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How did the city of Mangalore prevail over the problem of waste and air pollution? Abdullah A Rehman, Founder & CEO of Anti-Pollution Drive Foundation, Dakshina Kannada, Karnataka, Indian Government Relations speaks about the successful initiatives taken by his team that has contributed to Mangaluru winning the Best Solid Waste Management City Award.
Mangalore has been ranked as the best city in solid waste management under the Swacch Survekshan initiative of the central government. But in terms of waste segregation, we have hardly reached any milestone and we have much to do in the segment,” says Abdullah.
“It is a struggle to create awareness.” The Anti-Pollution Drive Foundation (APDF) set out to create awareness in June 2016 by conducting segregation programmes which would last for three to four months. “We used to conduct 15 such awareness programmes every month in malls, parks, schools and colleges.” The Builders Association of India too played a role by holding APDF’s hands.
All this did require planning based on research and hard facts. APDF built an approach where it bifurcated 10 types of waste generators from office buildings, residential apartments, malls, market places and marriage halls among others. A tool kit was prepared and it acted as a manual which simplified the process. The manual laid down the step-by-step process to practice segregation. This was quite effective and as statistics reveals, at least 17-20% of the waste generated gets segregated.
Creating awareness amongst the public on ways and methods to adopt to control the increasing level of pollution is the base of all programmes to achieve successful Waste Management.
A comprehensive website for providing the correct information to the public regarding handling waste in a scientific and sustainable manner. It gives ready reference on 200+ waste materials along with connecting the people to the local recycling centres in the city. Though this website is presently Mangalore centric, in the future this website can be scaled up state wide and then nationwide.
‘RECYCLEINDIA.ORG’ has been was developed on the basis of an award from UN-Habitat and Narotam Sekharia Foundation, Mumbai. It is based on APD’s experience gained over the past two years in aggressively undertaking awareness and behavioural change programmes regarding waste segregation in the city. The website provides knowledge about waste segregation and keeping environment clean.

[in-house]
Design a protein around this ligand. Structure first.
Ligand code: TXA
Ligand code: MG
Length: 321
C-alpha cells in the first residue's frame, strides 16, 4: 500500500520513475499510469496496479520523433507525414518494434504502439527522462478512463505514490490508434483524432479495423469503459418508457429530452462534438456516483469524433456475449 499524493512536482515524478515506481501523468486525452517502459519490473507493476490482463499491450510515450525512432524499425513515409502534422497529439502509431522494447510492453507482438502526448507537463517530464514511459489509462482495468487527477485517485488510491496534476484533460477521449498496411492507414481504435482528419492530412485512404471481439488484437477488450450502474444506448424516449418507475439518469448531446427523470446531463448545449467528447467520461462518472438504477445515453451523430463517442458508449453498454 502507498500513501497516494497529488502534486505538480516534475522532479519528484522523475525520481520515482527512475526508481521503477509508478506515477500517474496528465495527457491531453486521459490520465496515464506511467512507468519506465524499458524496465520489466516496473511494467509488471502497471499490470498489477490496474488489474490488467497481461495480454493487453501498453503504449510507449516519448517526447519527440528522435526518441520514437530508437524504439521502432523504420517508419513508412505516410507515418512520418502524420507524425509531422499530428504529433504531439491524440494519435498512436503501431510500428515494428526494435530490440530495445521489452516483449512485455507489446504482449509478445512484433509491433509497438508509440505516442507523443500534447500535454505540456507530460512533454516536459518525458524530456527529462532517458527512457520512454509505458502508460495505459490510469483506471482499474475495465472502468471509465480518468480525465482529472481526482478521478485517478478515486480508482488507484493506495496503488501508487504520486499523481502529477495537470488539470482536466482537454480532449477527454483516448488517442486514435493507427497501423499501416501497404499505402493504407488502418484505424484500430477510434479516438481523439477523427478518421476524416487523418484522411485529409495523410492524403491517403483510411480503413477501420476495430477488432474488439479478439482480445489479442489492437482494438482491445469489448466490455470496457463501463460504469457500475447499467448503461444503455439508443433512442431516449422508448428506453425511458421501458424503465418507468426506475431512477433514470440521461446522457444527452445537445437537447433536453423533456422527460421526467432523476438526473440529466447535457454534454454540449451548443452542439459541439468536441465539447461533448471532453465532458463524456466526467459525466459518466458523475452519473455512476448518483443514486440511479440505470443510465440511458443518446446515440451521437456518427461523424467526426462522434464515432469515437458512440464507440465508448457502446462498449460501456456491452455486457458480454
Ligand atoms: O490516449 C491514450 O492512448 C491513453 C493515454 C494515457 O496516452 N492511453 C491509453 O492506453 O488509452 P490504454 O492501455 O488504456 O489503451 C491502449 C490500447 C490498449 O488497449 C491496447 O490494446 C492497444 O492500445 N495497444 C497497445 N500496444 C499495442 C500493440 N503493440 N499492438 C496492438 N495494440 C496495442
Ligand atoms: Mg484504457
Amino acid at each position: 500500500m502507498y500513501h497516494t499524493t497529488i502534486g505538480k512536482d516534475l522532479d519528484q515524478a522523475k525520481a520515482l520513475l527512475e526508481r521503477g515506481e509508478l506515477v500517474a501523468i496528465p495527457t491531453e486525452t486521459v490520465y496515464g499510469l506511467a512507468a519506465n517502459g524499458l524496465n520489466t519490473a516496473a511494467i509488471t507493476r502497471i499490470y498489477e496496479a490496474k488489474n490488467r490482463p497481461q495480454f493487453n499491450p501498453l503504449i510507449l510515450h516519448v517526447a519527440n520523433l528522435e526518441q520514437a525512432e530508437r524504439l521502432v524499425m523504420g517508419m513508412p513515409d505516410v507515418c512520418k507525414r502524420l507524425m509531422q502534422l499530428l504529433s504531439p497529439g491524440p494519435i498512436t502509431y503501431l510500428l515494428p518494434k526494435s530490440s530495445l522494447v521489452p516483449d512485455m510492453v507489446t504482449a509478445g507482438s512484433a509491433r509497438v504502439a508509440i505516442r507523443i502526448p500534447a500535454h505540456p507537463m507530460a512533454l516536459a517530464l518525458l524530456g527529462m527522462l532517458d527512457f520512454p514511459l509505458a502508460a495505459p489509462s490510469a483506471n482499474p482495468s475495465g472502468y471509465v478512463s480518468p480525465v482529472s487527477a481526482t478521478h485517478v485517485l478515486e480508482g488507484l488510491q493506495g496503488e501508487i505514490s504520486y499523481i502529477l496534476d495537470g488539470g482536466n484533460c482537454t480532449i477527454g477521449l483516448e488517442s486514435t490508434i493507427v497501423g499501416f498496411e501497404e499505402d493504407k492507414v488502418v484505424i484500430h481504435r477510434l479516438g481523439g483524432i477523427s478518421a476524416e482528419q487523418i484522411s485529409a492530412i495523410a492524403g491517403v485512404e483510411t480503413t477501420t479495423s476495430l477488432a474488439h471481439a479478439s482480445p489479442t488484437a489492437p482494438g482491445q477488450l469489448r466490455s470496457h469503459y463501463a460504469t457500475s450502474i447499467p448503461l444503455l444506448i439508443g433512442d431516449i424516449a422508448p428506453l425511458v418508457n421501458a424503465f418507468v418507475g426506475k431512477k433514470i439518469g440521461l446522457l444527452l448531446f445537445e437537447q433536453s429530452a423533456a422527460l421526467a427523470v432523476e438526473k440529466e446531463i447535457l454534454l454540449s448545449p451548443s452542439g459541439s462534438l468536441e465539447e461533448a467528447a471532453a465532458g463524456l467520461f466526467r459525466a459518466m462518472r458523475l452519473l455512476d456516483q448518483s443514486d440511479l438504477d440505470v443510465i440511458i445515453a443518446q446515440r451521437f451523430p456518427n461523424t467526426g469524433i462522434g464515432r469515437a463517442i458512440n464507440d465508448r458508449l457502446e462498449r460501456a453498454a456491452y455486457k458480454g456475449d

APD runs campaigns by educating students and presenting them at schools and other institutes. It aims to create a model for a reduced haphazard lifestyle, and to form a trend of sustainability mindedness in people. One of the core steps which are being undertaken to curb pollution is Waste Management Techniques, along with Mangaluru City Corporation and Antony Waste Handling Cell Pvt. Ltd. The concept of Reduce-Reuse-Recycle is the key to build a sustainable environment.
“Not all waste is trash, we believe 70% of the waste can be recycled. With a creative mind, we can find gold even in waste, for example reusing old clothes, jars, bottles, covers. We have a website called RECYCYLEINDIA.ORG, and these will help recycle all your trash to usable items,” says Abdullah A. Rehman. Try to save water and avoid unnecessary usage and wastage of it. Using public transport more often is such a great way to save the environment, one car less on the road is the key to lesser pollution in the air. Ensure when you are not using your electrical appliances the switches are turned off. These are some initiatives that can be taken at the individual level. In a recent study it has been found that only 30% people engage themselves in the door to door collection activity of waste, and 70% of people do not segregate their dry and wet waste, despite knowing its importance.
“Together, we can make a difference, and this has to begin from every individual for an entire society, community and even the future generation to reap its benefits in the long run.”
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In Karnataka, 60% of the pollution comes from vehicles. Smoke-emitting, unmaintained and old vehicles, are the largest contributor. Several campaigns from all three angles were launched, i.e. Awareness, Research and Enforcement.
To emphasise the impact on health of smoke emitting vehicles in Mangalore, a case study was conducted by the foundation wherein the lung function of every outdoor worker would be tested, and the report would be given to the government. The test subjects were the traffic police and rickshaw drivers. About 150 policemen and 510 rickshaw drivers were tested, in which smokers and non-smokers were separated. As per doctor’s reports, 26% of the policemen and 98% of the rickshaw drivAers had respiratory problems. The report submitted to the government resulted in the commencement of health programmes for traffic police and rickshaw drivers.
Another issue was the level of pollutants people were breathing in Mangalore. The city needed an independent air quality monitoring system to get the right number every day, which will help with the air pollution challenge. Abdullah’s foundation launched a project called “Shudd Gaali” where they engaged in sampling of air quality.
Tests were conducted at 12 locations in Mangalore, including schools, houses, commercial areas, market places and parks. The tests showed various results — some areas had reached the borderline, certain areas PM2.5 was too high and certain areas it was normal.
Considering the situation, the Mangalore government installed a Rs1.2 crore worth air quality monitoring system.